Estas últimas semanas, em que a crise financeira global tomou conta das bolsas e das primeiras páginas dos jornais e, a necessidade de repensar e refundar o sistema financeiro se tornou evidente, podem ter assegurado a Durão Barroso o segundo mandato, como presidente da Comissão Europeia, ele parece ser o homem certo, no lugar certo, no tempo certo:
“It was one of the worst kept secrets in Brussels, and now it’s out in the open. On the sidelines of the European Union’s summit in Brussels, centre-right EU political leaders have informally nominated José Manuel Barroso of Portugal to stay in office as European Commission president for a second five-year term.
With the support of President Nicolas Sarkozy of France and German chancellor Angela Merkel, as well as that of Europe’s consummate political fixer, Prime Minister Jean-Claude Juncker of Luxembourg, it was never likely that Barroso would face much opposition on the centre-righ […]
Two trends, seemingly contradictory, stand out in Barroso’s presidency so far. On the one hand, the Commission is less powerful and less of a pace-setter, compared to the EU’s national governments, than it was, say, in the 1985-95 era of Jacques Delors. On the other, Barroso himself dominates his fellow commissioners, and sets the tone for the whole Commission, in a way that only Delors has ever really matched.[…]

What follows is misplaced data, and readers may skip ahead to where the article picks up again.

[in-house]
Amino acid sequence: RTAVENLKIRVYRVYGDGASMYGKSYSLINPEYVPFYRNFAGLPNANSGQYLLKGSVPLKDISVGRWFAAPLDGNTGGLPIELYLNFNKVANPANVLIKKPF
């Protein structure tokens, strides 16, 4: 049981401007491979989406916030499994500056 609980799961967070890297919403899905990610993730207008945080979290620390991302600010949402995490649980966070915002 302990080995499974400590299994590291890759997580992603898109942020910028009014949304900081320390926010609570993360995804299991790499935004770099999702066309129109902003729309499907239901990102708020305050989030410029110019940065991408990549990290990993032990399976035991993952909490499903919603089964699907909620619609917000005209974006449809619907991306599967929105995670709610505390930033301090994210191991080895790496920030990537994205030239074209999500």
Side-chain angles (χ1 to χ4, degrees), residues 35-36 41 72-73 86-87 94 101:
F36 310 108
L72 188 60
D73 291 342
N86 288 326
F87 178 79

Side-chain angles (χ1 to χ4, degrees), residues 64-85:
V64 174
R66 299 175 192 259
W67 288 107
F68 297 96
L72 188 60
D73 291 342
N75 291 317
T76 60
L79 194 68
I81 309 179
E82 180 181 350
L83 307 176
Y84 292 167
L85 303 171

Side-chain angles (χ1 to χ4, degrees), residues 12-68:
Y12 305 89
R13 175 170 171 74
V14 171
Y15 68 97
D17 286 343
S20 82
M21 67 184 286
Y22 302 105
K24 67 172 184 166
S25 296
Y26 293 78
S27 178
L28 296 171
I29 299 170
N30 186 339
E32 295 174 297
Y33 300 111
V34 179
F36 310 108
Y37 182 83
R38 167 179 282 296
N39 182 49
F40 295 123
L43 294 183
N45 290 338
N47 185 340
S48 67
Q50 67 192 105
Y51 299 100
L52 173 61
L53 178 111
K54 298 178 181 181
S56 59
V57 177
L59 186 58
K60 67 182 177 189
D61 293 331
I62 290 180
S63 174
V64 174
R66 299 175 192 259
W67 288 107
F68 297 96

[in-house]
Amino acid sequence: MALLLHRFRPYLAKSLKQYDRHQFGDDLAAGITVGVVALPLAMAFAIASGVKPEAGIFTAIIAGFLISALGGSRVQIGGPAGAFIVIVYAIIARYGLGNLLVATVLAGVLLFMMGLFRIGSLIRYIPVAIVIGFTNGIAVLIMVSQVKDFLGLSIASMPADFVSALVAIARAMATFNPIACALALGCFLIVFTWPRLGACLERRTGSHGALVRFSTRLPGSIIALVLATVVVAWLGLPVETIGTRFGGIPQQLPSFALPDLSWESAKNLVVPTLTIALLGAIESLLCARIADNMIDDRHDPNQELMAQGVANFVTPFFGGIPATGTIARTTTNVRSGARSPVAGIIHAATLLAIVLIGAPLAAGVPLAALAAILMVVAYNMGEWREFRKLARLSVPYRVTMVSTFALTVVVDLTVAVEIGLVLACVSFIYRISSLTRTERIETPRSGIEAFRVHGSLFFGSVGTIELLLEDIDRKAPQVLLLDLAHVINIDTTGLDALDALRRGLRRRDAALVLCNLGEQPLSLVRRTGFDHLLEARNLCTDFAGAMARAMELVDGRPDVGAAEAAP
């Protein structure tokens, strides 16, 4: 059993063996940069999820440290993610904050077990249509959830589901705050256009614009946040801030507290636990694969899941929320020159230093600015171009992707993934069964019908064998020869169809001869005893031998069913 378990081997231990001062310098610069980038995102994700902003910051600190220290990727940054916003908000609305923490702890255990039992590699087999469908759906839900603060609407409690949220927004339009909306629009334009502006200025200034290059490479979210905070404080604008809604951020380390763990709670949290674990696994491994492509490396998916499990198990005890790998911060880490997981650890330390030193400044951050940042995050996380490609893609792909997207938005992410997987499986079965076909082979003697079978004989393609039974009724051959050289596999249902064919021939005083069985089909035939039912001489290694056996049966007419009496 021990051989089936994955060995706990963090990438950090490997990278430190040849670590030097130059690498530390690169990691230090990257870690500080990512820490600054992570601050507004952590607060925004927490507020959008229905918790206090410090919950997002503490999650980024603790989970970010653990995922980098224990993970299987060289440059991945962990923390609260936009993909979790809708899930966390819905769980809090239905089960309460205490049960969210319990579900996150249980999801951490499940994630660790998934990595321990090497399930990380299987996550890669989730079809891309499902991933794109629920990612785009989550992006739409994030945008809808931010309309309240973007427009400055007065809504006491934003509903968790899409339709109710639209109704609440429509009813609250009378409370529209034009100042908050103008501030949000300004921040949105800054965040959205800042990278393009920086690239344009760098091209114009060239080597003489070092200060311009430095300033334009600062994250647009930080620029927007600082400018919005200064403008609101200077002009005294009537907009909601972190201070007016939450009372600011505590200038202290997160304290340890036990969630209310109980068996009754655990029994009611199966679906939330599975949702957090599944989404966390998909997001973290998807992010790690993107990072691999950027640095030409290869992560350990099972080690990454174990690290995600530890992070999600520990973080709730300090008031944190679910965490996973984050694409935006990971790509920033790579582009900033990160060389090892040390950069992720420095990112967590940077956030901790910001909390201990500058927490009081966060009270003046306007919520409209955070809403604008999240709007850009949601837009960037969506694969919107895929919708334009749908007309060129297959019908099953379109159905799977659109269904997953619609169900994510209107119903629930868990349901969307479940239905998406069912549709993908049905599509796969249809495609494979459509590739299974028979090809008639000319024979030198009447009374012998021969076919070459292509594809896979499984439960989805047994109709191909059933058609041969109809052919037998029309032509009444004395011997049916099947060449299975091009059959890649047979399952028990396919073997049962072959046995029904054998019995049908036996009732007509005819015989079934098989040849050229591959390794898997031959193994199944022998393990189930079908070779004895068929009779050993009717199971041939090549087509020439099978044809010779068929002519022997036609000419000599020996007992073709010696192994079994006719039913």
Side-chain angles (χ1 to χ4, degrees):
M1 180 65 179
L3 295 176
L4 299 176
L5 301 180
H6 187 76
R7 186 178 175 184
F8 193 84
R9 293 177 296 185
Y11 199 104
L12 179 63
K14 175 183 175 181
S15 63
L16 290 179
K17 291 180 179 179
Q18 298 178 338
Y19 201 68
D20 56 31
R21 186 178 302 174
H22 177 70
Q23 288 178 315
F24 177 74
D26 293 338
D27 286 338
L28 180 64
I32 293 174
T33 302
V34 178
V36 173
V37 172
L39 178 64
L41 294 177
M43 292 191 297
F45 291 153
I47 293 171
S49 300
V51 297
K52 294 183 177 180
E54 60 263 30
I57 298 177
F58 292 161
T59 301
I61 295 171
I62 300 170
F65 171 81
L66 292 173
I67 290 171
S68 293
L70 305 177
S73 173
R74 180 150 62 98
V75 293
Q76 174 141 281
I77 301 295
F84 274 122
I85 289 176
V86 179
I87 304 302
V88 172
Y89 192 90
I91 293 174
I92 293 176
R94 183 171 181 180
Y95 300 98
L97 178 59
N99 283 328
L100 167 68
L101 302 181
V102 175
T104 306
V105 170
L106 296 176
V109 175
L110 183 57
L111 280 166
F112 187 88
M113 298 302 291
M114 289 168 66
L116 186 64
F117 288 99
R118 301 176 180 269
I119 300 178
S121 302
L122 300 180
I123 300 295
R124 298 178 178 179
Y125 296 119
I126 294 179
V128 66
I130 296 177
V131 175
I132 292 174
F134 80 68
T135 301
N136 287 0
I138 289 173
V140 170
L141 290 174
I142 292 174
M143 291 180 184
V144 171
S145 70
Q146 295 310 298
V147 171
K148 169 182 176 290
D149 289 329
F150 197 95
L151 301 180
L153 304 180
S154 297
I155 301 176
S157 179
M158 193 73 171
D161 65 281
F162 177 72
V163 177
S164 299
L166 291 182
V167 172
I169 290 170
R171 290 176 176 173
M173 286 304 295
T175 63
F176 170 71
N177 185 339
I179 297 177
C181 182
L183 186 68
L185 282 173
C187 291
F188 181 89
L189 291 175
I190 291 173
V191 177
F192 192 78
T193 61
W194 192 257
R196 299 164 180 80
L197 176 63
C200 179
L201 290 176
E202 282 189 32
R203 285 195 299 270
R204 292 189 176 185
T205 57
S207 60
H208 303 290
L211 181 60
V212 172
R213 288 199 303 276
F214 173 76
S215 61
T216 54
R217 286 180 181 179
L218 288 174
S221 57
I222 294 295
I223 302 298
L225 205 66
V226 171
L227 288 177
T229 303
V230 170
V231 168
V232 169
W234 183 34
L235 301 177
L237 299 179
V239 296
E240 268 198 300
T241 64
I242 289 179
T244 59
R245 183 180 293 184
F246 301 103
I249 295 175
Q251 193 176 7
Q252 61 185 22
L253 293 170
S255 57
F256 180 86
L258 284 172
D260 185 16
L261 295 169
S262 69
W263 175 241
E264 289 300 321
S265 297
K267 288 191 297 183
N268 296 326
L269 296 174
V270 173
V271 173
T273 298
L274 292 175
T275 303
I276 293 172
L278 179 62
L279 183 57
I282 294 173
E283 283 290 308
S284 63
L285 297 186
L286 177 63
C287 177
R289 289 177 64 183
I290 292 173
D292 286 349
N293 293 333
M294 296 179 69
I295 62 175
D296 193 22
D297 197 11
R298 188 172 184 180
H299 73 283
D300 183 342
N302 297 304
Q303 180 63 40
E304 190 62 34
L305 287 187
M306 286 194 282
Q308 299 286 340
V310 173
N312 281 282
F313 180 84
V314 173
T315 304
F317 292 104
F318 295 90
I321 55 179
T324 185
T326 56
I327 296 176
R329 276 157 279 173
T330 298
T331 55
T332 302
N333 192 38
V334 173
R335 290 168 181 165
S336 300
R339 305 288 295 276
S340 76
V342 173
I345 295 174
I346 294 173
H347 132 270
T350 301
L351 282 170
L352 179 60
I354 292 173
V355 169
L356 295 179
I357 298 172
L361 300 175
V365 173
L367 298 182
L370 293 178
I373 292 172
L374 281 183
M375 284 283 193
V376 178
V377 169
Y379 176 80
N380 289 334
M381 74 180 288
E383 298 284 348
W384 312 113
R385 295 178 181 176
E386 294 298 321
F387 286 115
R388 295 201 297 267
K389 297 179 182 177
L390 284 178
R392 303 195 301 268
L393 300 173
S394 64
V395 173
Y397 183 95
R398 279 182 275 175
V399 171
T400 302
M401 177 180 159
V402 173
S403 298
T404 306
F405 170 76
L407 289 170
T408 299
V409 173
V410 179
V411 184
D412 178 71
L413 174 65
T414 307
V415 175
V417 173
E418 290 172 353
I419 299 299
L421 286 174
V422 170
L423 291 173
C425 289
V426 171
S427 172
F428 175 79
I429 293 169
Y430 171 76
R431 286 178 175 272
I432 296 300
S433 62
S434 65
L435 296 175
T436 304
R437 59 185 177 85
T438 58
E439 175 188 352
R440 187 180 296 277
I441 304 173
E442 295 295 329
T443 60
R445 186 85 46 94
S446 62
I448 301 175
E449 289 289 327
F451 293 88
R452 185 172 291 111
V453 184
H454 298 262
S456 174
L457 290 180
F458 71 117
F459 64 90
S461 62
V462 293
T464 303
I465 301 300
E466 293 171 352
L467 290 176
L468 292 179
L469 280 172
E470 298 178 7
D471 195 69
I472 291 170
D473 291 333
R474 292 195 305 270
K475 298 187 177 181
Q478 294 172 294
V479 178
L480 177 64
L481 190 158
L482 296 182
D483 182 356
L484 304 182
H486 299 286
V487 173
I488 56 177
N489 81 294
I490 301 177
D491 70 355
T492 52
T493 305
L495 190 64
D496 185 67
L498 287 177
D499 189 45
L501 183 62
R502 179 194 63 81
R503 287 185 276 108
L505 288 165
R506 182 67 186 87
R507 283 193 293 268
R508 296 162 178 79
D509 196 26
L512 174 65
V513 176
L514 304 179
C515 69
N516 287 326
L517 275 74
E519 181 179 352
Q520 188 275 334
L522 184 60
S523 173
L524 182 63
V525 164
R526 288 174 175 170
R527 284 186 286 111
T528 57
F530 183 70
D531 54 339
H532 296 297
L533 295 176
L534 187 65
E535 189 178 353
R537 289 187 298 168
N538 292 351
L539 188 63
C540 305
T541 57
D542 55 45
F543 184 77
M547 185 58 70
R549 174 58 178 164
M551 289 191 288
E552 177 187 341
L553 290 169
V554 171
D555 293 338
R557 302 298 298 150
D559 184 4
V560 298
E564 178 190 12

But the EU also needs a strong Commission that can stand up to national governments and powerful business interests when necessary. The Commission must robustly defend the integrity of the EU’s internal market and uphold the principles of fair competition.
This point has been obscured to some extent during the recent tumultous weeks of the global financial crisis. But it may turn out to be the key issue for a second Barroso term.”
In, Brussels blog